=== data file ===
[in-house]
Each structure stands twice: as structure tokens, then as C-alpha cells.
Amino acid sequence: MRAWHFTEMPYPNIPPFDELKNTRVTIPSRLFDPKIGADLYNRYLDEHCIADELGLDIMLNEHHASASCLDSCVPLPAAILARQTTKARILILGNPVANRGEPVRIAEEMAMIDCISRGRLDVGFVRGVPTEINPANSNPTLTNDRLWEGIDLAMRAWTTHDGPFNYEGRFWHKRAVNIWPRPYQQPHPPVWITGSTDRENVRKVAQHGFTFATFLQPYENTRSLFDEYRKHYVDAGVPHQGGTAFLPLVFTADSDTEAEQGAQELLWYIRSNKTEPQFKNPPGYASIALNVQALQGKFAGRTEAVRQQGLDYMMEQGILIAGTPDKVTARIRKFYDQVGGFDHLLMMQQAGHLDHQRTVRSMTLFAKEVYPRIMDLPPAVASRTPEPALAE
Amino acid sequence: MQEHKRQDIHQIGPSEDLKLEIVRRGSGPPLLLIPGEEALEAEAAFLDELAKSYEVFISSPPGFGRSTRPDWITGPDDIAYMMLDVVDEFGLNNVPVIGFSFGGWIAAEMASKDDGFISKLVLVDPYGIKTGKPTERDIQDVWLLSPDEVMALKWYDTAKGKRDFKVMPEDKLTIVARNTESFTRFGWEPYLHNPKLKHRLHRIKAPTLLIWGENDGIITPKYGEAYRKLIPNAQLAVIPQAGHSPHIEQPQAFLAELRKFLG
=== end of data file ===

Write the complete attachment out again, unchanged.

[in-house]
Each structure stands twice: as structure tokens, then as C-alpha cells.
Amino acid sequence: MRAWHFTEMPYPNIPPFDELKNTRVTIPSRLFDPKIGADLYNRYLDEHCIADELGLDIMLNEHHASASCLDSCVPLPAAILARQTTKARILILGNPVANRGEPVRIAEEMAMIDCISRGRLDVGFVRGVPTEINPANSNPTLTNDRLWEGIDLAMRAWTTHDGPFNYEGRFWHKRAVNIWPRPYQQPHPPVWITGSTDRENVRKVAQHGFTFATFLQPYENTRSLFDEYRKHYVDAGVPHQGGTAFLPLVFTADSDTEAEQGAQELLWYIRSNKTEPQFKNPPGYASIALNVQALQGKFAGRTEAVRQQGLDYMMEQGILIAGTPDKVTARIRKFYDQVGGFDHLLMMQQAGHLDHQRTVRSMTLFAKEVYPRIMDLPPAVASRTPEPALAE
Amino acid sequence: MQEHKRQDIHQIGPSEDLKLEIVRRGSGPPLLLIPGEEALEAEAAFLDELAKSYEVFISSPPGFGRSTRPDWITGPDDIAYMMLDVVDEFGLNNVPVIGFSFGGWIAAEMASKDDGFISKLVLVDPYGIKTGKPTERDIQDVWLLSPDEVMALKWYDTAKGKRDFKVMPEDKLTIVARNTESFTRFGWEPYLHNPKLKHRLHRIKAPTLLIWGENDGIITPKYGEAYRKLIPNAQLAVIPQAGHSPHIEQPQAFLAELRKFLG